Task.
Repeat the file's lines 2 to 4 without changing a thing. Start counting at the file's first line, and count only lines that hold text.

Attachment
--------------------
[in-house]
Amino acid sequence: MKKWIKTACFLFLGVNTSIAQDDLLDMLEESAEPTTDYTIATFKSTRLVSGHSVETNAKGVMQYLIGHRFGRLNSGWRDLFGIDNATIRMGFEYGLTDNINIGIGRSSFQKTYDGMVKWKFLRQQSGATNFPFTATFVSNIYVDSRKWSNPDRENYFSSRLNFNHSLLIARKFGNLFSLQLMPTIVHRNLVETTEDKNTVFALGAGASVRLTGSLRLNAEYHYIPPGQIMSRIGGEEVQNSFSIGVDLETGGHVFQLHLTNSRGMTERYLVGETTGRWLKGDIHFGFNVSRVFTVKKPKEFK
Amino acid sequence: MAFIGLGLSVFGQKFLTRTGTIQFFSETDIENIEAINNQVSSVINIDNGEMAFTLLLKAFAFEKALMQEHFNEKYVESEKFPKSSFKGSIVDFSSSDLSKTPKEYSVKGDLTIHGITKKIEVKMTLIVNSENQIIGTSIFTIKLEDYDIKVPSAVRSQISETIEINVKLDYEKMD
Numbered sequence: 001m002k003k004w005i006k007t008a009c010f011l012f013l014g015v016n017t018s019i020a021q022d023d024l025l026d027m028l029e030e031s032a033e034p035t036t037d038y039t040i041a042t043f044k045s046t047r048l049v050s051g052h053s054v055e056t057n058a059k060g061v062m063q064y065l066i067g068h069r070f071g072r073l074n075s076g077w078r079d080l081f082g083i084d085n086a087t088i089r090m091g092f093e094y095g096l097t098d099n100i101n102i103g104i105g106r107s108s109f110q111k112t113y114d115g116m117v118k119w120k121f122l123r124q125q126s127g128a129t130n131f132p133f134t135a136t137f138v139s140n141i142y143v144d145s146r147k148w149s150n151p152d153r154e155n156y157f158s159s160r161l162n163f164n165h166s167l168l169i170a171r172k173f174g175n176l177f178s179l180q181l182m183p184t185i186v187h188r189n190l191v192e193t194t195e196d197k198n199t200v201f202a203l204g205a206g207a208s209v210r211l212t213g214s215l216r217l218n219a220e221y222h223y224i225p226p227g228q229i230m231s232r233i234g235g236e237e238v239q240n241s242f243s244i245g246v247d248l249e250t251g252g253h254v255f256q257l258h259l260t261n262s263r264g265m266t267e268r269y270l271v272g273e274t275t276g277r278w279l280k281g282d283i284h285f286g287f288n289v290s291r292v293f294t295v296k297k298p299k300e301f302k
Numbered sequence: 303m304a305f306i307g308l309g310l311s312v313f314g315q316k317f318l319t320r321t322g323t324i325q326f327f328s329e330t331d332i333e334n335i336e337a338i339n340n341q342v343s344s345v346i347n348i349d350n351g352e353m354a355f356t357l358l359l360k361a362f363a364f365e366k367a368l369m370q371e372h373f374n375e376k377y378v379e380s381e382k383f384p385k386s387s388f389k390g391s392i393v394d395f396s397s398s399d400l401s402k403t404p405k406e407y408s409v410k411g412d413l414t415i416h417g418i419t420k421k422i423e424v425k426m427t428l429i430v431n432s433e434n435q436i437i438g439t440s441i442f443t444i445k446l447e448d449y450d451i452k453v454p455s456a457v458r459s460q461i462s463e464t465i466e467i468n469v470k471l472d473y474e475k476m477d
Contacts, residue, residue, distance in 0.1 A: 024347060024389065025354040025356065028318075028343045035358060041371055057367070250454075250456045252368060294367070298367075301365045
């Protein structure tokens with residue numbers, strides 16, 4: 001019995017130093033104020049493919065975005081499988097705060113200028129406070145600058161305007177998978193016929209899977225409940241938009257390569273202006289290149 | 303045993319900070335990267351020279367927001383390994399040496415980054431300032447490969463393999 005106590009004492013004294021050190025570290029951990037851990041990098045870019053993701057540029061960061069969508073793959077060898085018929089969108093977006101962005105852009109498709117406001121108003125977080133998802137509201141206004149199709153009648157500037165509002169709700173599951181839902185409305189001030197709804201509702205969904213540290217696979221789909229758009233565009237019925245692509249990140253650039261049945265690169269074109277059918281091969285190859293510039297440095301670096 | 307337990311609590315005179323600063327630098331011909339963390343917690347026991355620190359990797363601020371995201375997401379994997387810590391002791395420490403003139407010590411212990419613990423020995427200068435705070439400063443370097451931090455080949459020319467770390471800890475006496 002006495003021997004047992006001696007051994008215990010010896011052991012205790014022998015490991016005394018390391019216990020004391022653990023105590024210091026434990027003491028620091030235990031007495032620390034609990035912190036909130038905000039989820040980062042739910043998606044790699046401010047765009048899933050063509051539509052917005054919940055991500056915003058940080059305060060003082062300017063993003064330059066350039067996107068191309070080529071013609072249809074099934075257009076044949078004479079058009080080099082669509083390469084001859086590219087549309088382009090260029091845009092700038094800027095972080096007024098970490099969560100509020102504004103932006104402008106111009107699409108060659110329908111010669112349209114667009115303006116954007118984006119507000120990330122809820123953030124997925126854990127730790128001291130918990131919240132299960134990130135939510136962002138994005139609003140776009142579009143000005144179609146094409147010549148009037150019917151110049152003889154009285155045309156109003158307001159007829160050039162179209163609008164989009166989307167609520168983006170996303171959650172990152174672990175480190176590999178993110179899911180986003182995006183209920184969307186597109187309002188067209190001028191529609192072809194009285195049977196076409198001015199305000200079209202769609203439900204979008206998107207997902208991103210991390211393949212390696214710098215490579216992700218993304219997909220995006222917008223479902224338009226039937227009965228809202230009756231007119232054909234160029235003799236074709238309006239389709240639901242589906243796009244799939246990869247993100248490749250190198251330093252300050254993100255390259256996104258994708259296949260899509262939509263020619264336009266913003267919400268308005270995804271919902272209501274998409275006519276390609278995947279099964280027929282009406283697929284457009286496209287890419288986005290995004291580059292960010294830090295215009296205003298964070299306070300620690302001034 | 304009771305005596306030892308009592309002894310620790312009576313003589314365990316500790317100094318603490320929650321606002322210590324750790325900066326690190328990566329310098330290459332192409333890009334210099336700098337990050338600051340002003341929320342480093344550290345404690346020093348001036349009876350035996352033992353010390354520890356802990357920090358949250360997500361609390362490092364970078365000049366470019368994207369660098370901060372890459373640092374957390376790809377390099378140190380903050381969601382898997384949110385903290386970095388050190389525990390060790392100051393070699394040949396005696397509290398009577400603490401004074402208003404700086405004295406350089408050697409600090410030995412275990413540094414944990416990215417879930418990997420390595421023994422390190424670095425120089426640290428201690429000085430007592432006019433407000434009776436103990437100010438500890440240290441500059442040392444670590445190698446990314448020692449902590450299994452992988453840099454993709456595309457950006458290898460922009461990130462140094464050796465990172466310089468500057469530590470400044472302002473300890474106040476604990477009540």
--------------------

Amino acid sequence: MKKWIKTACFLFLGVNTSIAQDDLLDMLEESAEPTTDYTIATFKSTRLVSGHSVETNAKGVMQYLIGHRFGRLNSGWRDLFGIDNATIRMGFEYGLTDNINIGIGRSSFQKTYDGMVKWKFLRQQSGATNFPFTATFVSNIYVDSRKWSNPDRENYFSSRLNFNHSLLIARKFGNLFSLQLMPTIVHRNLVETTEDKNTVFALGAGASVRLTGSLRLNAEYHYIPPGQIMSRIGGEEVQNSFSIGVDLETGGHVFQLHLTNSRGMTERYLVGETTGRWLKGDIHFGFNVSRVFTVKKPKEFK
Amino acid sequence: MAFIGLGLSVFGQKFLTRTGTIQFFSETDIENIEAINNQVSSVINIDNGEMAFTLLLKAFAFEKALMQEHFNEKYVESEKFPKSSFKGSIVDFSSSDLSKTPKEYSVKGDLTIHGITKKIEVKMTLIVNSENQIIGTSIFTIKLEDYDIKVPSAVRSQISETIEINVKLDYEKMD
Numbered sequence: 001m002k003k004w005i006k007t008a009c010f011l012f013l014g015v016n017t018s019i020a021q022d023d024l025l026d027m028l029e030e031s032a033e034p035t036t037d038y039t040i041a042t043f044k045s046t047r048l049v050s051g052h053s054v055e056t057n058a059k060g061v062m063q064y065l066i067g068h069r070f071g072r073l074n075s076g077w078r079d080l081f082g083i084d085n086a087t088i089r090m091g092f093e094y095g096l097t098d099n100i101n102i103g104i105g106r107s108s109f110q111k112t113y114d115g116m117v118k119w120k121f122l123r124q125q126s127g128a129t130n131f132p133f134t135a136t137f138v139s140n141i142y143v144d145s146r147k148w149s150n151p152d153r154e155n156y157f158s159s160r161l162n163f164n165h166s167l168l169i170a171r172k173f174g175n176l177f178s179l180q181l182m183p184t185i186v187h188r189n190l191v192e193t194t195e196d197k198n199t200v201f202a203l204g205a206g207a208s209v210r211l212t213g214s215l216r217l218n219a220e221y222h223y224i225p226p227g228q229i230m231s232r233i234g235g236e237e238v239q240n241s242f243s244i245g246v247d248l249e250t251g252g253h254v255f256q257l258h259l260t261n262s263r264g265m266t267e268r269y270l271v272g273e274t275t276g277r278w279l280k281g282d283i284h285f286g287f288n289v290s291r292v293f294t295v296k297k298p299k300e301f302k